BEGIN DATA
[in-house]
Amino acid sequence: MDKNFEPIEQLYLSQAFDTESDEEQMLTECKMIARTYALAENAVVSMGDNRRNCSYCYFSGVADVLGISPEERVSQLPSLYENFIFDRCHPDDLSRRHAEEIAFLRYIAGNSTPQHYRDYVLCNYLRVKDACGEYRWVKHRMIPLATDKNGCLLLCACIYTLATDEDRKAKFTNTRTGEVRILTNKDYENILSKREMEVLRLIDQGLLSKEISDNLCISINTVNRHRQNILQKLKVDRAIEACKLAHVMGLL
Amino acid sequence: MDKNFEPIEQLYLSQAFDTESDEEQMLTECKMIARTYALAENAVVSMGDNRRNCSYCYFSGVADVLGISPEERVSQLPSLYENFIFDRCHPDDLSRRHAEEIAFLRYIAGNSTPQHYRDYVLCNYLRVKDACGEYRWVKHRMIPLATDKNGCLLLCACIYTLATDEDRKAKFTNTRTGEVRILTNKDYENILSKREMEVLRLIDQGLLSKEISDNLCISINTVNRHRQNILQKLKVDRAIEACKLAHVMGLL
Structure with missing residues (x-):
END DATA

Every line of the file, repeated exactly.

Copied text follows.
[in-house]
Amino acid sequence: MDKNFEPIEQLYLSQAFDTESDEEQMLTECKMIARTYALAENAVVSMGDNRRNCSYCYFSGVADVLGISPEERVSQLPSLYENFIFDRCHPDDLSRRHAEEIAFLRYIAGNSTPQHYRDYVLCNYLRVKDACGEYRWVKHRMIPLATDKNGCLLLCACIYTLATDEDRKAKFTNTRTGEVRILTNKDYENILSKREMEVLRLIDQGLLSKEISDNLCISINTVNRHRQNILQKLKVDRAIEACKLAHVMGLL
Amino acid sequence: MDKNFEPIEQLYLSQAFDTESDEEQMLTECKMIARTYALAENAVVSMGDNRRNCSYCYFSGVADVLGISPEERVSQLPSLYENFIFDRCHPDDLSRRHAEEIAFLRYIAGNSTPQHYRDYVLCNYLRVKDACGEYRWVKHRMIPLATDKNGCLLLCACIYTLATDEDRKAKFTNTRTGEVRILTNKDYENILSKREMEVLRLIDQGLLSKEISDNLCISINTVNRHRQNILQKLKVDRAIEACKLAHVMGLL
Structure with missing residues (x-):